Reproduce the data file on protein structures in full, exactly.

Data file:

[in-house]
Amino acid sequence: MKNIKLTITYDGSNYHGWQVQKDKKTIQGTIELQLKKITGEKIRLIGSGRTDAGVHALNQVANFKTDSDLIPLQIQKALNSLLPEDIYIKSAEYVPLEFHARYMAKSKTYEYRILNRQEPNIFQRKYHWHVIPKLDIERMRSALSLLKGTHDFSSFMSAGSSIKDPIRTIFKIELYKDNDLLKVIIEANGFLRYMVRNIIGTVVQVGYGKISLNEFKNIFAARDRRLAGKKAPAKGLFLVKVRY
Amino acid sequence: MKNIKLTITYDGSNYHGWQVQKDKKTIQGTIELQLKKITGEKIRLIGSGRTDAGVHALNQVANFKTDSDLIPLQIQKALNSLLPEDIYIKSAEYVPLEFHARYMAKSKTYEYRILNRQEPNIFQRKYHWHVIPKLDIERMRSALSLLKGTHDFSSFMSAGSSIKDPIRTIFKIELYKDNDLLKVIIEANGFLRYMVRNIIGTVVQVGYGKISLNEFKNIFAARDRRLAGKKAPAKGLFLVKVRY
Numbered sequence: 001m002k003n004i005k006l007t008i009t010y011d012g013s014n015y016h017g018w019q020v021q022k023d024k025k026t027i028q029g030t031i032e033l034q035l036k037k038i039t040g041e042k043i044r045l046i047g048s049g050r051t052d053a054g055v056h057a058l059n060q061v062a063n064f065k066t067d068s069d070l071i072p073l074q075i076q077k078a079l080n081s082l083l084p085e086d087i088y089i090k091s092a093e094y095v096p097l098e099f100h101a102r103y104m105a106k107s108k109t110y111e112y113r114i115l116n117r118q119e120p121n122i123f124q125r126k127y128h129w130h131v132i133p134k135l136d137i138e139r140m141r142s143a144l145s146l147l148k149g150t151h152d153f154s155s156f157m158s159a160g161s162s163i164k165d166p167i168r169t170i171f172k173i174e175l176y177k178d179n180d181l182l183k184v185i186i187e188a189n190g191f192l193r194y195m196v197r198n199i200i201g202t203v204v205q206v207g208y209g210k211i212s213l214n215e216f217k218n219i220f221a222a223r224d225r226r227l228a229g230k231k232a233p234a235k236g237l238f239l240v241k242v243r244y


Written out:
[in-house]
Amino acid sequence: MKNIKLTITYDGSNYHGWQVQKDKKTIQGTIELQLKKITGEKIRLIGSGRTDAGVHALNQVANFKTDSDLIPLQIQKALNSLLPEDIYIKSAEYVPLEFHARYMAKSKTYEYRILNRQEPNIFQRKYHWHVIPKLDIERMRSALSLLKGTHDFSSFMSAGSSIKDPIRTIFKIELYKDNDLLKVIIEANGFLRYMVRNIIGTVVQVGYGKISLNEFKNIFAARDRRLAGKKAPAKGLFLVKVRY
Amino acid sequence: MKNIKLTITYDGSNYHGWQVQKDKKTIQGTIELQLKKITGEKIRLIGSGRTDAGVHALNQVANFKTDSDLIPLQIQKALNSLLPEDIYIKSAEYVPLEFHARYMAKSKTYEYRILNRQEPNIFQRKYHWHVIPKLDIERMRSALSLLKGTHDFSSFMSAGSSIKDPIRTIFKIELYKDNDLLKVIIEANGFLRYMVRNIIGTVVQVGYGKISLNEFKNIFAARDRRLAGKKAPAKGLFLVKVRY
Numbered sequence: 001m002k003n004i005k006l007t008i009t010y011d012g013s014n015y016h017g018w019q020v021q022k023d024k025k026t027i028q029g030t031i032e033l034q035l036k037k038i039t040g041e042k043i044r045l046i047g048s049g050r051t052d053a054g055v056h057a058l059n060q061v062a063n064f065k066t067d068s069d070l071i072p073l074q075i076q077k078a079l080n081s082l083l084p085e086d087i088y089i090k091s092a093e094y095v096p097l098e099f100h101a102r103y104m105a106k107s108k109t110y111e112y113r114i115l116n117r118q119e120p121n122i123f124q125r126k127y128h129w130h131v132i133p134k135l136d137i138e139r140m141r142s143a144l145s146l147l148k149g150t151h152d153f154s155s156f157m158s159a160g161s162s163i164k165d166p167i168r169t170i171f172k173i174e175l176y177k178d179n180d181l182l183k184v185i186i187e188a189n190g191f192l193r194y195m196v197r198n199i200i201g202t203v204v205q206v207g208y209g210k211i212s213l214n215e216f217k218n219i220f221a222a223r224d225r226r227l228a229g230k231k232a233p234a235k236g237l238f239l240v241k242v243r244y